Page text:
Atkins is a talker. She regales everyone who will listen with tales of growing up in Jersey and the cover bands she’s played in, learning to go into New York and finding the anti-folk scene, running a business painting murals after college, chasing the night in Brooklyn before it was hip, working at SiriusXM, growing up with her golf-loving father “Dutch” and feeling boxed in by the tags her hometown hangs on people. She explains, half-ruefully, “Nicole is the singer.”
All those things conspired to take a wildly talented girl who loves a good time and create a problem. Not one to moralize, she confesses that by sliding down and crawling back up the slippery slope of sobriety over and over again, she fed people’s skepticism and her own sense of struggle.
She recalls talking to her sister about it. “I remember saying, ‘Courtney, you don’t understand. If there’s beer in the refrigerator, then it’s all I can think about,’ and her saying, ‘That doesn’t make any sense.’”
In time, Atkins figured things out. “People have no reason to understand. You know, they think, ‘If you wanna stop, why don’t you just stop?’ But there was a clarity in those relapses. Coming out of [an episode] and going, ‘Well, I didn’t die, and I’m not in a hospital.’”
And there was the sinkhole. Laughing, she recalls, “I fell into a ten foot sinkhole outside the Baymont Inn and Suites in Knoxville. I couldn’t crawl out, and my keyboard player tried to give me a hand, and that didn’t work. He had to jump in and boost me.
“Something shifted. I remember thinking, ‘I am in my 30s. When is this teen angst gonna end?’ But the fact I didn’t die in a hole? That somehow took my anxiety away.”
Passing through the kitchen into her offce/study/workroom—full of books, odd bits of art to stoke her imagination and an ever-ready laptop—there’s a strong scent of “creativity lives here.” More than mere Bohemian pretension, the former mural painter curates for maximum inspiration.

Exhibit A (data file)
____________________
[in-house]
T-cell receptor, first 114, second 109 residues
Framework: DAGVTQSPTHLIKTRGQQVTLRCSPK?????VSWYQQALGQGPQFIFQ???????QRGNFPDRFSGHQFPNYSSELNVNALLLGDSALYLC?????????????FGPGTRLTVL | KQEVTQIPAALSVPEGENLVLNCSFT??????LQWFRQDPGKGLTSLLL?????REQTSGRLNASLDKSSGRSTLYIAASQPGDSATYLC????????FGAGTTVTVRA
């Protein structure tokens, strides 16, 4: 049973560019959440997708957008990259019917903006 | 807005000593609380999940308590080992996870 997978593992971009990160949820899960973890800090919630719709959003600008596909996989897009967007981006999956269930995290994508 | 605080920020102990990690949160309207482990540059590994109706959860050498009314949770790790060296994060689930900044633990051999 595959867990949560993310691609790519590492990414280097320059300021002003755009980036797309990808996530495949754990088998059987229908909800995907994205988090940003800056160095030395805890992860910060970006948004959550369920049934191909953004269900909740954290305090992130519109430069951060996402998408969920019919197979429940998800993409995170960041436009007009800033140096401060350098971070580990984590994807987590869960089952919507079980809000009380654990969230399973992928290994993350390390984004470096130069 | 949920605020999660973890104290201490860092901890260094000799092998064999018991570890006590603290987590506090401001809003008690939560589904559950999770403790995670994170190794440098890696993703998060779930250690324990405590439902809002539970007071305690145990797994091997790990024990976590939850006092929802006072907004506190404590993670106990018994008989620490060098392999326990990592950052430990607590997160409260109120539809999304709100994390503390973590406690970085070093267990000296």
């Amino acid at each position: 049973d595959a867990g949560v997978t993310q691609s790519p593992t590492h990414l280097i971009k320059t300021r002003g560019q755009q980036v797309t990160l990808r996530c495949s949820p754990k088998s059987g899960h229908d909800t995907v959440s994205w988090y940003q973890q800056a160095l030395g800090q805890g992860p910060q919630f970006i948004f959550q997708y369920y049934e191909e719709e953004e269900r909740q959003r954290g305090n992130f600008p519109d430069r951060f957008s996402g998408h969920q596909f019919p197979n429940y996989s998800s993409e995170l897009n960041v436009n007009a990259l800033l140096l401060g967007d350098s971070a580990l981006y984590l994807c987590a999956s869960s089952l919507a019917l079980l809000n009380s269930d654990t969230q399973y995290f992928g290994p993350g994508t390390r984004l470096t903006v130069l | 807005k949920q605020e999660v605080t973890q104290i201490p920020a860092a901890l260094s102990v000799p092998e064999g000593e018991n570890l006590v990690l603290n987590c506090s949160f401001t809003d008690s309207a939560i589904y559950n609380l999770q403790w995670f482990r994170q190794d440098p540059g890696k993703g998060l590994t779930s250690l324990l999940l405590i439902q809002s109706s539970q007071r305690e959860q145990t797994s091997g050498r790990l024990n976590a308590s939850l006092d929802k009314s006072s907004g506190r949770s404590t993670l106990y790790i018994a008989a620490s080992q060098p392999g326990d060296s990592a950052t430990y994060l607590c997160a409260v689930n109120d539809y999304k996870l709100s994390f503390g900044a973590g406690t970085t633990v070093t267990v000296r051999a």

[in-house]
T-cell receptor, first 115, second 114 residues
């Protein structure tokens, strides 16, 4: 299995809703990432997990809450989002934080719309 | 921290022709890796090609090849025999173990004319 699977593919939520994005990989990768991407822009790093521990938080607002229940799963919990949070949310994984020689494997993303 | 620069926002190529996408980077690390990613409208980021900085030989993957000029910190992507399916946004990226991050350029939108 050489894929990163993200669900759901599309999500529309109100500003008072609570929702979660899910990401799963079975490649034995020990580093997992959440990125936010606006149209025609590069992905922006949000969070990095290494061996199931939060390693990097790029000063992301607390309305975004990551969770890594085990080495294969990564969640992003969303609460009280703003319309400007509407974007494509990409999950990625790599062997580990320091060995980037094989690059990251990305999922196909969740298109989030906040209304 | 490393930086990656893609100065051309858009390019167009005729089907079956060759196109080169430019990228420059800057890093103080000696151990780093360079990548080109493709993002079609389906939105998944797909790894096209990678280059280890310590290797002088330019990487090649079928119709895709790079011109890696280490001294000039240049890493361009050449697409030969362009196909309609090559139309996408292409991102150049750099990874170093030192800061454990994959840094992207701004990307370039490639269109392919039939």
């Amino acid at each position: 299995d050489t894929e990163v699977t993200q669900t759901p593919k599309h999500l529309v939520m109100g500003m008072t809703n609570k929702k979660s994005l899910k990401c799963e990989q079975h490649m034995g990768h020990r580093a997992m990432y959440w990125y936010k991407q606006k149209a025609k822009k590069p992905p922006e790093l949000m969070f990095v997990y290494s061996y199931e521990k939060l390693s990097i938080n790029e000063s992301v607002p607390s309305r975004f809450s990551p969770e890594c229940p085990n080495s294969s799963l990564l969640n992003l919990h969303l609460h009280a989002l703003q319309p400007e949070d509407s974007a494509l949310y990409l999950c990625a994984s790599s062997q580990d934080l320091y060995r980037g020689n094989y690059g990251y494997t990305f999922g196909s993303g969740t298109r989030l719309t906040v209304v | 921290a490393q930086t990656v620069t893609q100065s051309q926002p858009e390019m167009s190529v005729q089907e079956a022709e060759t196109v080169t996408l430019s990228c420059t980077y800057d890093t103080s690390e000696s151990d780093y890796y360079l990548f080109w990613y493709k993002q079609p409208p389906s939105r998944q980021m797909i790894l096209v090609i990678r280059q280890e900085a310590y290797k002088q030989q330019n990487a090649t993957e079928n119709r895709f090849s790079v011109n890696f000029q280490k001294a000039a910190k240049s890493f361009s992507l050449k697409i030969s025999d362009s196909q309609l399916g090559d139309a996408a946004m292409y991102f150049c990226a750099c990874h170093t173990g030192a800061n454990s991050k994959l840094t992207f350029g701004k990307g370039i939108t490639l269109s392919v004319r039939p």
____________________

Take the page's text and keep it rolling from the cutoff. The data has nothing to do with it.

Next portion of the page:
Atkins and her husband, Ryan McHugh, made the decision to relocate to East Nashville after they married. Hailing from Scotland, McHugh often felt like an outsider in Jersey, and the change of scenery was a means for them to make friends together. (His employer, musician J.D. McPherson, was also making the move to Music City.)
The first year was rugged but eventually she found a tribe of fellow creatives. “Nashville was very brown, and the streets have a lot of broken glass. In Jersey, I could go to the boardwalk and the ocean; here I was landlocked,” she says of her acclimation to the city.
She marvels, “As soon as I got out of that hole, I’ve never had so much help. One of my best friends from home said, ‘Whoa, that’s heavy. Hope you sue.’ My friends here? A huge outpouring of care: soup, rides and just company. It was awesome.”
Tumbling through all the notions in her mind, she thinks about how she arrived at this point, the falling down—literally and metaphorically—and
Goodnight Rhonda Lee. Laughing about the folly of it, she sits at her desk and savors the irony.
“I was in a deep depression, and remember thinking, ‘How do I take this shitty situation and turn it into something beautiful? How do you take the good, bad, and ugly, and use it?’
“Two days before I had that final relapse, I called Jim Sclavunos and said, ‘I can’t do music anymore. It’s breaking my heart too much.’ He was at a photo shoot with Nick Cave, and he’s like, ‘Nicole wants to quit.’ Nick says, ‘Tell her to get over it.’”
Eventually she did. After this year’s Bonnaroo, Atkins marveled that she was out until 6 a.m. with an open bar and never twinged for a drink. Eight months sober at this writing, she says, “This is the first time I felt ‘the shift.’ It actually
Slated to open a series of shows for Umphrey’s McGee, Atkins recently completed dates with McPherson and just recorded a classic country duet of Guns N’ Roses’ “November Rain” with fellow East Nashville writer/provocateur AaronLee Tasjan. She’s writing with everyone from Isaak to My Morning Jacket’s Carl Broemel to Taylor Swift’s guitar player. Creating, creating, creating.
“Fuck fame,” she says. “I just want this to be sustainable. When you [make music] not loaded, you have a hundred ideas a minute; you have thought behind them and you know what to do. If I fuck up, it’s okay. I just want to make music.”